The purpose of the e-agriculture network is to bring forward the use of ICT in rural development and food security and enable a dialogue on this within and among different groups. The network was officially launched in September 2007 by a few co-sponsoring organisations who believed in the importance of this issue. Individuals are able to join the network via the network's online platform. So far, there are about 4300 people from 154 countries who have joined the network. A challenge has been to keep the focus of the network clear, while at the same time meeting the variety of interests of those who are part of it. A critical part of the community is having face-to-face meetings (as part of larger events organized by other organizations), as well as the intention to support the establishment of regional e-agriculture communities in order to keep local issues and interests synchronized. In the meantime, would remain a global platform. The network frequently engages in on-line discussions and e-forums on issues related to ICT in agriculture. The demand for what topics to dialogue on comes from the network itself, and when necessary, expertise is brought in from outside the network. Some of this can lead to in-country interventions where local expertise is brought to the service of a local problem through the action of the network.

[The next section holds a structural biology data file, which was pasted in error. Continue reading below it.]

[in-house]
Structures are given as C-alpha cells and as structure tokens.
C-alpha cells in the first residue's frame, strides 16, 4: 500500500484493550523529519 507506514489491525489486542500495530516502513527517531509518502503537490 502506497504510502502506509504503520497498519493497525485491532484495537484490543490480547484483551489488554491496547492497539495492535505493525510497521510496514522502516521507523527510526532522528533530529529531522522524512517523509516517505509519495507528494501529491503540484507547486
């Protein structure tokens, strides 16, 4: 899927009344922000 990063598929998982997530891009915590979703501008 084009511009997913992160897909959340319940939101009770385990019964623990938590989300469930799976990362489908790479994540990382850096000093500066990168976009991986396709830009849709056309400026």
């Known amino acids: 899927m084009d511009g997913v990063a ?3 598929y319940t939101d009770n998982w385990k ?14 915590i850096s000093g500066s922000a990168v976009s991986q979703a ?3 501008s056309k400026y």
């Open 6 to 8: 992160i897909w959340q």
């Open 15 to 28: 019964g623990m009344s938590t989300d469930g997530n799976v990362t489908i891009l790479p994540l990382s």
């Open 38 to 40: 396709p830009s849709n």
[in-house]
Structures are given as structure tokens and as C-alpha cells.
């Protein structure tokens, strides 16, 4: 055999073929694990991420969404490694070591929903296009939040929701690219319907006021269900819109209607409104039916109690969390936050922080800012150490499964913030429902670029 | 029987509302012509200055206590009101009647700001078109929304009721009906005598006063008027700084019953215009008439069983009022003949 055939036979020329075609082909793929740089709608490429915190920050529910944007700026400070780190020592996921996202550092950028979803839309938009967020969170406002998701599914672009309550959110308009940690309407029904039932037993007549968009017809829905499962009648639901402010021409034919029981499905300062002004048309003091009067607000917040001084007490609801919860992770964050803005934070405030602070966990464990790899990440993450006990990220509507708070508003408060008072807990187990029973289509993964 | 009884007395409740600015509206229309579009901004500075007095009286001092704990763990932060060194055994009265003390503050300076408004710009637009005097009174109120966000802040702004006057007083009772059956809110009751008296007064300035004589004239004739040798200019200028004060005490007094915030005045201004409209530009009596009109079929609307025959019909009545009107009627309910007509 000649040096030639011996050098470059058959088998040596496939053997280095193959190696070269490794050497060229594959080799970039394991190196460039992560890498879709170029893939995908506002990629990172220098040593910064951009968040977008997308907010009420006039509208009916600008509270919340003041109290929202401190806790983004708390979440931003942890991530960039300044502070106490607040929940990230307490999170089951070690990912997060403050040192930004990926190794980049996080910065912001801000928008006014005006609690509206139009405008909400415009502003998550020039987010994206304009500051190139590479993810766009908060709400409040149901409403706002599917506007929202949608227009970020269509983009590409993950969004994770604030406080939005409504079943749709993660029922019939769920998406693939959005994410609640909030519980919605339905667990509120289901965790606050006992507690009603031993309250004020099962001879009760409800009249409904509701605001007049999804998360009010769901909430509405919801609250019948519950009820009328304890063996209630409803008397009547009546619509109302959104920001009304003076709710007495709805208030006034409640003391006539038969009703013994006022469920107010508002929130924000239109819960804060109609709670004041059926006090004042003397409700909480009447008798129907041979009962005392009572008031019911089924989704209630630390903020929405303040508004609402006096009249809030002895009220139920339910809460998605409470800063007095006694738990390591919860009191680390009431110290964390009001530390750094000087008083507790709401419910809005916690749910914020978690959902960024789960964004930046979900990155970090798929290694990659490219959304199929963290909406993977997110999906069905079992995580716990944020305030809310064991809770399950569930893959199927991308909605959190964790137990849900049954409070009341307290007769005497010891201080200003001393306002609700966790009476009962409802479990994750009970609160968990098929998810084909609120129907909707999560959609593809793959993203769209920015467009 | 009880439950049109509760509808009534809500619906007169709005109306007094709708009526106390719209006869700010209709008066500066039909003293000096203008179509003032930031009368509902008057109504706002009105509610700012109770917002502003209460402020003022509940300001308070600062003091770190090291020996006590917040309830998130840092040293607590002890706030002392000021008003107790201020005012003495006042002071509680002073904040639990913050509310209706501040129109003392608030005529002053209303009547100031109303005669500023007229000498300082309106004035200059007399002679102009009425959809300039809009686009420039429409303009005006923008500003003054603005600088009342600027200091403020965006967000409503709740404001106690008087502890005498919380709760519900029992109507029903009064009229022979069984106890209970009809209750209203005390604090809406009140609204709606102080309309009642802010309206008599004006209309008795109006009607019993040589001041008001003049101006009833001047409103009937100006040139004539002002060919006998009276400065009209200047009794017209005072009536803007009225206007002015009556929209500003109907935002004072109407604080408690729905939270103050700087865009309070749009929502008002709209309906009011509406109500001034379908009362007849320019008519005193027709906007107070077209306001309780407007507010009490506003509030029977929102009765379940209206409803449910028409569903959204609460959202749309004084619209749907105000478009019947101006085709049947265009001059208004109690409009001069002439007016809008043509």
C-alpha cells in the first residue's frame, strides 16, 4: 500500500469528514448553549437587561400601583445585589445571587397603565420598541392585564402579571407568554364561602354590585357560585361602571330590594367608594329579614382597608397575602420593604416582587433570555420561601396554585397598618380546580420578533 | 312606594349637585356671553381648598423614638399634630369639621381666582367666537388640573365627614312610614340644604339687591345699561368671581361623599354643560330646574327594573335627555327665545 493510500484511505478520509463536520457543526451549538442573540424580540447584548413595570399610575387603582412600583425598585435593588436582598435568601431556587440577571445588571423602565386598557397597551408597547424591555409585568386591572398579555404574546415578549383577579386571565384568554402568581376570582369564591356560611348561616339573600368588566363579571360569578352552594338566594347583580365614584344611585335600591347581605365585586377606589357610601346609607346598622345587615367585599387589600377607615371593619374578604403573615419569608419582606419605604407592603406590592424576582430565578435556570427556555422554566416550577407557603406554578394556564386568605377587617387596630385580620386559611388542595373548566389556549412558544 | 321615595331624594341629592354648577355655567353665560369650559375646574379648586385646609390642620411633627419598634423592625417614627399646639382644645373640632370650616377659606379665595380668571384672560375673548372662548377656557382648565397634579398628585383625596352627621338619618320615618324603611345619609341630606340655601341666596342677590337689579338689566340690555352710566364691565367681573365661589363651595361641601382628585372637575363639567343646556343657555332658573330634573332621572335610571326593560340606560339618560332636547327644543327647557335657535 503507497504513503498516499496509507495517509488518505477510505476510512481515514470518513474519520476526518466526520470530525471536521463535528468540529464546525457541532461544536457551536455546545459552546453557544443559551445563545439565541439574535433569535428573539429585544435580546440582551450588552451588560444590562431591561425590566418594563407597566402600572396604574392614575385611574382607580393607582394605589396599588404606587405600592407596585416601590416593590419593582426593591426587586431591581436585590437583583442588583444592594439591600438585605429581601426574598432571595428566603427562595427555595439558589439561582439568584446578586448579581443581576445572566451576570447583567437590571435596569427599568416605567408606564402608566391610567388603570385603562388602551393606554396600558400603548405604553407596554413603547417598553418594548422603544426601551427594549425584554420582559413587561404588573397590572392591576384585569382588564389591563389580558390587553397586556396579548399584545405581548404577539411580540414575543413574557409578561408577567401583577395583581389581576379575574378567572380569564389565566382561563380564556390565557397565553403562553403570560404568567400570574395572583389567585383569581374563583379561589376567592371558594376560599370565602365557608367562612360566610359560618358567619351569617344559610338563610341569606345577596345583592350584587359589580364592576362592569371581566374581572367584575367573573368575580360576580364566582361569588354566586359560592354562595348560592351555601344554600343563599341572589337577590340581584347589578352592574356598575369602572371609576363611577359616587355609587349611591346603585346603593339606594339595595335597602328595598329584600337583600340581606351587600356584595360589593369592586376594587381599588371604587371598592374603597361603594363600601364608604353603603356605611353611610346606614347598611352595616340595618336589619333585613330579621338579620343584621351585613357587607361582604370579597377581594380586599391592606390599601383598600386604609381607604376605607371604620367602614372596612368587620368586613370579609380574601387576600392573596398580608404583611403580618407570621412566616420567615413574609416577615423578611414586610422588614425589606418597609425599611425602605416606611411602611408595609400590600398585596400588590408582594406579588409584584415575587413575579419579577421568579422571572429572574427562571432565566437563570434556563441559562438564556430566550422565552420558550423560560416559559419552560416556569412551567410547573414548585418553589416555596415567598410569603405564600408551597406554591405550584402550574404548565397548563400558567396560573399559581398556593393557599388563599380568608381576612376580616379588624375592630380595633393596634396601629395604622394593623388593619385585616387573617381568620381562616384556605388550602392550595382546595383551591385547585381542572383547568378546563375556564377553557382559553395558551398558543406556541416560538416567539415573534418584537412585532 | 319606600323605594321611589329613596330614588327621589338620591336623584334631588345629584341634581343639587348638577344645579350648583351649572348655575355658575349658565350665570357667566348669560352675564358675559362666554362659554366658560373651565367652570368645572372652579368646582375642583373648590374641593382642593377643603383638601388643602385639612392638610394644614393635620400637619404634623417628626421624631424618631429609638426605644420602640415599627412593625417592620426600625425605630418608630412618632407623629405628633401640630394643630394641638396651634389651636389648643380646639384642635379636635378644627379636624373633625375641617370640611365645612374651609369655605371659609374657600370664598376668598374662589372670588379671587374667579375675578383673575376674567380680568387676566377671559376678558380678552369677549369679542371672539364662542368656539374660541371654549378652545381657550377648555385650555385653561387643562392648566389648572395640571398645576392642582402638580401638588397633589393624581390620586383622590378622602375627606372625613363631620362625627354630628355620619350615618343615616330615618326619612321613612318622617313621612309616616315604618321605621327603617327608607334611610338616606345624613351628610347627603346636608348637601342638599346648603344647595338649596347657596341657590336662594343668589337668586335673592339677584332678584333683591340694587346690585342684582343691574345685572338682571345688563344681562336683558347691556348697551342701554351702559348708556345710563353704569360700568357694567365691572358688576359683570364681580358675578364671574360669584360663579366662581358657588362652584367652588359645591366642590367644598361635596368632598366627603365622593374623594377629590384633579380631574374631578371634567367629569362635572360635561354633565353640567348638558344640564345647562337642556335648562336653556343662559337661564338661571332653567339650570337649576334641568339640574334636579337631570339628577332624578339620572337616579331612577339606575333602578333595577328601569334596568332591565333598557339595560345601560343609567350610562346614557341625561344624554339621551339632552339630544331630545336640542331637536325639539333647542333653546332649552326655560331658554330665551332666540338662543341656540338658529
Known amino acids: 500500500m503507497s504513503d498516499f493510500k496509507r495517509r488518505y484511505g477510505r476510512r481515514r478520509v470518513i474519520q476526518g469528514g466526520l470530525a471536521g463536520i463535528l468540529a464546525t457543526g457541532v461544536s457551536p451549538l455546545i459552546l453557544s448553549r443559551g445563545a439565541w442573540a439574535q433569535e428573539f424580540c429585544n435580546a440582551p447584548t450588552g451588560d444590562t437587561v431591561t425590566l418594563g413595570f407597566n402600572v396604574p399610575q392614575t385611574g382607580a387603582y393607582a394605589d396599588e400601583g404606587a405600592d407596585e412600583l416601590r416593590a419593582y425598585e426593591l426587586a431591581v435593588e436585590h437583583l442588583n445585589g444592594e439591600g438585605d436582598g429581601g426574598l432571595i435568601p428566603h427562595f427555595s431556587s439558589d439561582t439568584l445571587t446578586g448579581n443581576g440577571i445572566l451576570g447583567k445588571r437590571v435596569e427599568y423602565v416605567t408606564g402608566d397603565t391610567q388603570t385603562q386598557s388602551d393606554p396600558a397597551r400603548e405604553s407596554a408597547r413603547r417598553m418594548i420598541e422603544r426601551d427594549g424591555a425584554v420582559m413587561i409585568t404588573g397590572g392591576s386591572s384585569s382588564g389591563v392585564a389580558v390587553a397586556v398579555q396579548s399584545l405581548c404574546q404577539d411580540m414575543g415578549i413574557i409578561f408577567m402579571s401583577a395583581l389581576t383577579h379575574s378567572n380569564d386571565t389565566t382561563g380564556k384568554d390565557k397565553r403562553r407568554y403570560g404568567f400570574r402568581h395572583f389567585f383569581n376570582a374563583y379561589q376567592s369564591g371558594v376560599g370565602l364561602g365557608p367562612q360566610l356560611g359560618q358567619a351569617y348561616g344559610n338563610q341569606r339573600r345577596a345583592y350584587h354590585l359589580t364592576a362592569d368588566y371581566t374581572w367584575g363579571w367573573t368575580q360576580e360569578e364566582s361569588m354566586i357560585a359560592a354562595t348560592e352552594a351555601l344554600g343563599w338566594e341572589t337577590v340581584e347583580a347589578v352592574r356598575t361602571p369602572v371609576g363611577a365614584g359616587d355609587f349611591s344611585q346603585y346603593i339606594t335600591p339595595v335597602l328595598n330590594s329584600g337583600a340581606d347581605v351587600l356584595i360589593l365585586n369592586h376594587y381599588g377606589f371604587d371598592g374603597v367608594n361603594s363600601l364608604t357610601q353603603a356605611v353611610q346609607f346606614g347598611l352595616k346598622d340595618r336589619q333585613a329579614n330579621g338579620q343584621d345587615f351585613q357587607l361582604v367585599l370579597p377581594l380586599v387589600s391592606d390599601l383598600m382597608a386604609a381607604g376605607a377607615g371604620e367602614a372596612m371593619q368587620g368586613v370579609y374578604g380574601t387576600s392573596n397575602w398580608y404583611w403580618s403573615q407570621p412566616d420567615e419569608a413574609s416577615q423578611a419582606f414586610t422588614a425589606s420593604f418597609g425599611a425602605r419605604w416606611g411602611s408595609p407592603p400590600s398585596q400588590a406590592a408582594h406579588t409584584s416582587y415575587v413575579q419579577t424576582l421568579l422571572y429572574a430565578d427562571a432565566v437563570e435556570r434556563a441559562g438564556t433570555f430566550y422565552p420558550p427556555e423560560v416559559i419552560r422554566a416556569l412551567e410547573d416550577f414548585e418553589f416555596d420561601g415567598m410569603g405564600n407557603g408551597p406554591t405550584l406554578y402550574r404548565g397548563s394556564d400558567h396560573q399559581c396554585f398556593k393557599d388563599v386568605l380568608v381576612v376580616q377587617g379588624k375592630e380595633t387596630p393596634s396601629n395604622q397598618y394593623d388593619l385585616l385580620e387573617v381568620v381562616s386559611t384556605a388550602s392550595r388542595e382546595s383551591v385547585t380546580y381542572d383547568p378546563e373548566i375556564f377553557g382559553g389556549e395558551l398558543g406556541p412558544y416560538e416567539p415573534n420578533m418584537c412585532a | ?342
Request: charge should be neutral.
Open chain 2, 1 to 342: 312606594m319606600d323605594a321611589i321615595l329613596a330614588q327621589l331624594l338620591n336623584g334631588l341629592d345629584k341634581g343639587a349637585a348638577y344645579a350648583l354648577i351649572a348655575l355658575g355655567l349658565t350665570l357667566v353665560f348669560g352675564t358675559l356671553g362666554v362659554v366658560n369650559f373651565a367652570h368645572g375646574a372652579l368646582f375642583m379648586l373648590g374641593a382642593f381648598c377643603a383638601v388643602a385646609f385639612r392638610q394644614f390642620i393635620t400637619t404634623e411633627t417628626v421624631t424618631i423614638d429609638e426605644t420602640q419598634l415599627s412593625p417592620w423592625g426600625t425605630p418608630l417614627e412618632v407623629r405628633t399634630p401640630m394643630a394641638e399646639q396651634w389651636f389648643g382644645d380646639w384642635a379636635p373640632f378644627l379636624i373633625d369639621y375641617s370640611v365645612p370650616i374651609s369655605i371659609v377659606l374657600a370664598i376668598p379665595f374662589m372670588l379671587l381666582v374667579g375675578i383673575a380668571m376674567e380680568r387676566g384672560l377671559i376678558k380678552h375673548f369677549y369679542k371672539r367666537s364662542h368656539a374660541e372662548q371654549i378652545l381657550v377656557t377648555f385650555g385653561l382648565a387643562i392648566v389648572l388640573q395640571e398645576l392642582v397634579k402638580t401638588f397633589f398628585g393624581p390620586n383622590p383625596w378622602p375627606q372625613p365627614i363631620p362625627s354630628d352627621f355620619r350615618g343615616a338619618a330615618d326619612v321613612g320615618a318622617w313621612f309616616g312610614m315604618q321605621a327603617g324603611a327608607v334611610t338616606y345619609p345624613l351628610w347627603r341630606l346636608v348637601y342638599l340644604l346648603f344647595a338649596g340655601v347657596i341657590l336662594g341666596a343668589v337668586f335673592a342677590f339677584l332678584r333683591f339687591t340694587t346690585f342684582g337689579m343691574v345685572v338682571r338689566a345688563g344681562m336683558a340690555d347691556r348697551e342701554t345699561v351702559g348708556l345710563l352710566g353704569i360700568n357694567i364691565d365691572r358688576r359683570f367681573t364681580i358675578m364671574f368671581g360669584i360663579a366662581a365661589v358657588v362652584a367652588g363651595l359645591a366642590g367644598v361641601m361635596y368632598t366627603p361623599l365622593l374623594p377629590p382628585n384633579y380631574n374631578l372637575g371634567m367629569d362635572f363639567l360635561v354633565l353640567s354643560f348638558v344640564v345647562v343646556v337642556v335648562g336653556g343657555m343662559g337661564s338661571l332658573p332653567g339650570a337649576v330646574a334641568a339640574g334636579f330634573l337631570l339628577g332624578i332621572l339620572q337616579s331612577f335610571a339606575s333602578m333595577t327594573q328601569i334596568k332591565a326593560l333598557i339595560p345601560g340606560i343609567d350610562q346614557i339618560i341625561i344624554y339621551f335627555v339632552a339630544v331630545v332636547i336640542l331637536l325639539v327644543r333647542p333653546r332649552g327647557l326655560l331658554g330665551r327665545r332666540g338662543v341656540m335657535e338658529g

• Lack of continued and appropriate funding may hurdle any network and especially initiatives as complex as the ones part of this session; financial support, as well as other in terms of coordination and facilitation, are crucial.
  • In some cases, it may be good to get people to give something back to the community in return for learning and thus ensure there is continued practical support underlying the network.
  • Sometimes network membership may grow way too quickly (when the network is open to everyone) and difficult to keep in synchrony and synergy; this may be overcome by keeping a good balance between supporting demand from within the network and providing some guidance and formats for different network activities.
  • In other cases, despite there being many members to a network, there may not be involvement and participation in the network; in such cases leveraging the use of web platforms may be helpful.
  • Is it possible to and how can we measure impact of such initiatives? the discussion seemed to agree on using secondary rather than primary indicators for impact, such as referencing the network in publications and other research centre activities.
  • How can we monitor and evaluate? it would be better to focus on monitoring and evaluating the process underlying the network rather than its thematic focus and content; this would be more indicative of whether and how the network is a healthy environment for collaborative learning.
  • A question on the importance of substance was raised, to pinpoint the importance of a clear purpose driving complex networking initiatives such as the ones featured in the session; unless there is a clear purpose to drive the dialogue, there is the danger of the network becoming a dry framework with no real substance to it.